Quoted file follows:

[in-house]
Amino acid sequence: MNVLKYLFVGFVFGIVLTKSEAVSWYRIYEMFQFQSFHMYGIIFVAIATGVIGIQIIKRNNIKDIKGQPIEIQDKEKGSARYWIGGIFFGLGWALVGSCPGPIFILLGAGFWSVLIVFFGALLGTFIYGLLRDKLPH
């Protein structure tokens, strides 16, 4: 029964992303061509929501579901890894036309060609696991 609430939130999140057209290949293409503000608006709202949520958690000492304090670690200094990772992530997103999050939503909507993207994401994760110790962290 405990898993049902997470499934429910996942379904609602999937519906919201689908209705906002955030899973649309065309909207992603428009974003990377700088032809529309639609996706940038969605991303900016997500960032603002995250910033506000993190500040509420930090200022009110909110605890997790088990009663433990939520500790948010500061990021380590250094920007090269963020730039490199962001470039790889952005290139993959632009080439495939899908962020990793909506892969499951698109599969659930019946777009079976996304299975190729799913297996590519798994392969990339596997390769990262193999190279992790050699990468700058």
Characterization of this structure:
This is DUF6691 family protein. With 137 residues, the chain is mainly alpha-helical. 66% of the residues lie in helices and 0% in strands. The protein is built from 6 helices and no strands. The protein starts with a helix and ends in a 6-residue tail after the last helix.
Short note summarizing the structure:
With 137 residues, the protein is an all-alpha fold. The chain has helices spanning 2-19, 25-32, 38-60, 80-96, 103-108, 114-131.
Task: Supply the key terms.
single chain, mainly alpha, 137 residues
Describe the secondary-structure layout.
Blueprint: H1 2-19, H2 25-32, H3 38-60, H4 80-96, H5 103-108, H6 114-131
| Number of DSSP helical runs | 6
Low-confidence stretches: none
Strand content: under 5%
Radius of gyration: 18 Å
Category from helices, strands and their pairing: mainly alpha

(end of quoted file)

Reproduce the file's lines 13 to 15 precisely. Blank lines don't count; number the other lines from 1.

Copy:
Low-confidence stretches: none
Strand content: under 5%
Radius of gyration: 18 Å